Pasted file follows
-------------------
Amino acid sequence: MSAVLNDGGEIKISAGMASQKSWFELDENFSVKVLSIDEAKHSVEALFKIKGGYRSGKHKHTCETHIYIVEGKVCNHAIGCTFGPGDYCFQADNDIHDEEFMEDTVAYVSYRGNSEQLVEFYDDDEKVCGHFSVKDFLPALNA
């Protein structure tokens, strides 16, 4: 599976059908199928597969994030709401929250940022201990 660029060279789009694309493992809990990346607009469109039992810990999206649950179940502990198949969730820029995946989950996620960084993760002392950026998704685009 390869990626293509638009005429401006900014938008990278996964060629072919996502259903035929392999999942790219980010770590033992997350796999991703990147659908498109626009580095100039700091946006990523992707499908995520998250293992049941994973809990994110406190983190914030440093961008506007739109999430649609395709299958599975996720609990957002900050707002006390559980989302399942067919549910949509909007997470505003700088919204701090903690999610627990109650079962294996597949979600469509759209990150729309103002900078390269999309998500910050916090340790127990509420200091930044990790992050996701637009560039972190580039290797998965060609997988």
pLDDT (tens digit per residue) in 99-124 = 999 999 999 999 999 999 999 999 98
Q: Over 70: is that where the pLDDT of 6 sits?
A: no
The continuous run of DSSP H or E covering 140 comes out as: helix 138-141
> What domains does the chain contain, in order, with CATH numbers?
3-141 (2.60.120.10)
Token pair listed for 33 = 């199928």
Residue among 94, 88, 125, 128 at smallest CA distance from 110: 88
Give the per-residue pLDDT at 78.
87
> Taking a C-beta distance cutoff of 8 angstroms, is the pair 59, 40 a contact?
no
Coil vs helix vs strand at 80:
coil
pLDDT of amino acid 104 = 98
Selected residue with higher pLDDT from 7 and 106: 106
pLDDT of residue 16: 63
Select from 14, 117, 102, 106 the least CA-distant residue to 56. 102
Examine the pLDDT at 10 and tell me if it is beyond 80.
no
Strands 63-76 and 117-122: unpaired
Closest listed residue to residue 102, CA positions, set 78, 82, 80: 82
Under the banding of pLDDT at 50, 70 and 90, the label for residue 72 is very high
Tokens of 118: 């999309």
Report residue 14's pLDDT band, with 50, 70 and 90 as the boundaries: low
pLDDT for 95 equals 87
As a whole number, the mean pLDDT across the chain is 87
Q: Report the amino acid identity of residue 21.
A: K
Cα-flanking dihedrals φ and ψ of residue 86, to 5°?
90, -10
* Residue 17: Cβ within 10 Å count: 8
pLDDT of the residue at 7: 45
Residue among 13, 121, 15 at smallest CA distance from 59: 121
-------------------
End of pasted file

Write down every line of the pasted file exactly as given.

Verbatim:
Amino acid sequence: MSAVLNDGGEIKISAGMASQKSWFELDENFSVKVLSIDEAKHSVEALFKIKGGYRSGKHKHTCETHIYIVEGKVCNHAIGCTFGPGDYCFQADNDIHDEEFMEDTVAYVSYRGNSEQLVEFYDDDEKVCGHFSVKDFLPALNA
């Protein structure tokens, strides 16, 4: 599976059908199928597969994030709401929250940022201990 660029060279789009694309493992809990990346607009469109039992810990999206649950179940502990198949969730820029995946989950996620960084993760002392950026998704685009 390869990626293509638009005429401006900014938008990278996964060629072919996502259903035929392999999942790219980010770590033992997350796999991703990147659908498109626009580095100039700091946006990523992707499908995520998250293992049941994973809990994110406190983190914030440093961008506007739109999430649609395709299958599975996720609990957002900050707002006390559980989302399942067919549910949509909007997470505003700088919204701090903690999610627990109650079962294996597949979600469509759209990150729309103002900078390269999309998500910050916090340790127990509420200091930044990790992050996701637009560039972190580039290797998965060609997988």
pLDDT (tens digit per residue) in 99-124 = 999 999 999 999 999 999 999 999 98
Q: Over 70: is that where the pLDDT of 6 sits?
A: no
The continuous run of DSSP H or E covering 140 comes out as: helix 138-141
> What domains does the chain contain, in order, with CATH numbers?
3-141 (2.60.120.10)
Token pair listed for 33 = 């199928």
Residue among 94, 88, 125, 128 at smallest CA distance from 110: 88
Give the per-residue pLDDT at 78.
87
> Taking a C-beta distance cutoff of 8 angstroms, is the pair 59, 40 a contact?
no
Coil vs helix vs strand at 80:
coil
pLDDT of amino acid 104 = 98
Selected residue with higher pLDDT from 7 and 106: 106
pLDDT of residue 16: 63
Select from 14, 117, 102, 106 the least CA-distant residue to 56. 102
Examine the pLDDT at 10 and tell me if it is beyond 80.
no
Strands 63-76 and 117-122: unpaired
Closest listed residue to residue 102, CA positions, set 78, 82, 80: 82
Under the banding of pLDDT at 50, 70 and 90, the label for residue 72 is very high
Tokens of 118: 């999309």
Report residue 14's pLDDT band, with 50, 70 and 90 as the boundaries: low
pLDDT for 95 equals 87
As a whole number, the mean pLDDT across the chain is 87
Q: Report the amino acid identity of residue 21.
A: K
Cα-flanking dihedrals φ and ψ of residue 86, to 5°?
90, -10
* Residue 17: Cβ within 10 Å count: 8
pLDDT of the residue at 7: 45
Residue among 13, 121, 15 at smallest CA distance from 59: 121